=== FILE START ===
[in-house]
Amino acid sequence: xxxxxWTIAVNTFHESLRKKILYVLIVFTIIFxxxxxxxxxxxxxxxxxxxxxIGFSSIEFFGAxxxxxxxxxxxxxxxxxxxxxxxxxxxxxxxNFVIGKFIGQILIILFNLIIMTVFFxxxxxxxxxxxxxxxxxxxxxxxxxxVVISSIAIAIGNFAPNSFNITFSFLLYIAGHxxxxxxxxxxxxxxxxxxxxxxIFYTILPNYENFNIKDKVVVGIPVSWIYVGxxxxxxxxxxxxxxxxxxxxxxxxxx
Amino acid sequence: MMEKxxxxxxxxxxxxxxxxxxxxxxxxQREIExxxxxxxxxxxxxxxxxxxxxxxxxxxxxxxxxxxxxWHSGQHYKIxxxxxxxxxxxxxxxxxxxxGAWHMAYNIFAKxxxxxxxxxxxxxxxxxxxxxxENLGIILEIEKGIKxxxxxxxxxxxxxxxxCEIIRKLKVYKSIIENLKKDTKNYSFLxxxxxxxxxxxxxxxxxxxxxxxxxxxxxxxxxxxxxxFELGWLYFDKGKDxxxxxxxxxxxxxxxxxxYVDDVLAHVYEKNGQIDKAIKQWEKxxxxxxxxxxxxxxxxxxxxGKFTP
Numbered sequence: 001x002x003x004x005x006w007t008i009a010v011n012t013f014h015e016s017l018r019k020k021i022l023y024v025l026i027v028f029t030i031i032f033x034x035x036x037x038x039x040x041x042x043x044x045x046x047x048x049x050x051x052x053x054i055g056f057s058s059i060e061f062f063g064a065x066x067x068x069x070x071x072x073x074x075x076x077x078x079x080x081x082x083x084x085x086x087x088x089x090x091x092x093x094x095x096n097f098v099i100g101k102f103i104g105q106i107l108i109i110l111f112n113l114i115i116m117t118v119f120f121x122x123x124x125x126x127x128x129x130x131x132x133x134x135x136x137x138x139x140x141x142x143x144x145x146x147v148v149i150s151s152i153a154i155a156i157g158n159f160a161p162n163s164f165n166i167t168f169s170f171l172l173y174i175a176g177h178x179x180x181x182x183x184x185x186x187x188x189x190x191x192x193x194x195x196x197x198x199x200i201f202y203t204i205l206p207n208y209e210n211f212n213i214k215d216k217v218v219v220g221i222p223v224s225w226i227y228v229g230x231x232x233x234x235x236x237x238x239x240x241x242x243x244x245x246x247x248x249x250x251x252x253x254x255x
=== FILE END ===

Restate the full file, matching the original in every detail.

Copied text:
[in-house]
Amino acid sequence: xxxxxWTIAVNTFHESLRKKILYVLIVFTIIFxxxxxxxxxxxxxxxxxxxxxIGFSSIEFFGAxxxxxxxxxxxxxxxxxxxxxxxxxxxxxxxNFVIGKFIGQILIILFNLIIMTVFFxxxxxxxxxxxxxxxxxxxxxxxxxxVVISSIAIAIGNFAPNSFNITFSFLLYIAGHxxxxxxxxxxxxxxxxxxxxxxIFYTILPNYENFNIKDKVVVGIPVSWIYVGxxxxxxxxxxxxxxxxxxxxxxxxxx
Amino acid sequence: MMEKxxxxxxxxxxxxxxxxxxxxxxxxQREIExxxxxxxxxxxxxxxxxxxxxxxxxxxxxxxxxxxxxWHSGQHYKIxxxxxxxxxxxxxxxxxxxxGAWHMAYNIFAKxxxxxxxxxxxxxxxxxxxxxxENLGIILEIEKGIKxxxxxxxxxxxxxxxxCEIIRKLKVYKSIIENLKKDTKNYSFLxxxxxxxxxxxxxxxxxxxxxxxxxxxxxxxxxxxxxxFELGWLYFDKGKDxxxxxxxxxxxxxxxxxxYVDDVLAHVYEKNGQIDKAIKQWEKxxxxxxxxxxxxxxxxxxxxGKFTP
Numbered sequence: 001x002x003x004x005x006w007t008i009a010v011n012t013f014h015e016s017l018r019k020k021i022l023y024v025l026i027v028f029t030i031i032f033x034x035x036x037x038x039x040x041x042x043x044x045x046x047x048x049x050x051x052x053x054i055g056f057s058s059i060e061f062f063g064a065x066x067x068x069x070x071x072x073x074x075x076x077x078x079x080x081x082x083x084x085x086x087x088x089x090x091x092x093x094x095x096n097f098v099i100g101k102f103i104g105q106i107l108i109i110l111f112n113l114i115i116m117t118v119f120f121x122x123x124x125x126x127x128x129x130x131x132x133x134x135x136x137x138x139x140x141x142x143x144x145x146x147v148v149i150s151s152i153a154i155a156i157g158n159f160a161p162n163s164f165n166i167t168f169s170f171l172l173y174i175a176g177h178x179x180x181x182x183x184x185x186x187x188x189x190x191x192x193x194x195x196x197x198x199x200i201f202y203t204i205l206p207n208y209e210n211f212n213i214k215d216k217v218v219v220g221i222p223v224s225w226i227y228v229g230x231x232x233x234x235x236x237x238x239x240x241x242x243x244x245x246x247x248x249x250x251x252x253x254x255x